The great leveller fallacy.
This is not an equal opportunity pandemic. If you didn’t see Emily Maitlis on Newsnight last week, it’s worth a listen.
Whilst the disease comes for everyone, our ability to survive it, self-isolate and avoid exposure to it is very unequal. Let’s look at those briefly in turn. Next week I’ll be sharing some of the experiences of people not directly impacted on, but also suffering unequal impact.
Survival: the correlation between poverty, health, obesity, other diseases and life-expectancy is well documented. These are people whose immunity is likely to be compromised and less likely to survive. In Chicago their BAME population is already massively overrepresented in the number of deaths. It will take time for us to unpick this here.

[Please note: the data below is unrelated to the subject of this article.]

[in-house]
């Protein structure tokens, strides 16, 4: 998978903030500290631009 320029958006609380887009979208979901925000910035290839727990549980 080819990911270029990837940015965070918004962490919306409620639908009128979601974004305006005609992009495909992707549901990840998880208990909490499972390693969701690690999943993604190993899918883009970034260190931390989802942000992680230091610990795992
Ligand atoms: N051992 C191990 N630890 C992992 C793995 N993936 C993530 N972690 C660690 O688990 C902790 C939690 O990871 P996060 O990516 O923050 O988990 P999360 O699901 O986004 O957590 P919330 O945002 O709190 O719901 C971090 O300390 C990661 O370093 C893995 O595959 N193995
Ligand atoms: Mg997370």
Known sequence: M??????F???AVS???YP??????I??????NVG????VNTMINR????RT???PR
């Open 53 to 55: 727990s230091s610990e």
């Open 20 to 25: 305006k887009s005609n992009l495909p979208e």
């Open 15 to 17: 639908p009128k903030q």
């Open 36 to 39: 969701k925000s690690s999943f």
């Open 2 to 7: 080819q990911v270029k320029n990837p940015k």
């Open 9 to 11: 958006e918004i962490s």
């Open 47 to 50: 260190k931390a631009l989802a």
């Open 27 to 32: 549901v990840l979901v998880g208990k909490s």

Self-isolation: if you’re in a smaller space, quite frankly things are going to be a lot worse. This includes our prisons as well as supported accommodation and the units our rough sleepers now find themselves in. We’re hearing horrifying case-studies of people in their prison cells for days, those cells without a toilet (you figure that out) and then a small unclean space when they can have time out of their cells. Enough is known about life expectancy and the health of our prison population to know that their immunity will not be robust.
Avoiding exposure: this is really hard as we can’t go out. I visited my dad (with essential shopping) last week and he was sitting in the garden. Life felt little different in his comfortable house. Those in flats, with children, in overcrowded housing and without outside space will be suffering inordinately. This isn’t about the miserableness of inadequate housing, however. It means people are more likely to go out and be exposed to the virus.
It’s not fair and chances of survival are not equal. We can only begin to speculate about the long-term impact on people with least. And that’s going to include a lot more of us now.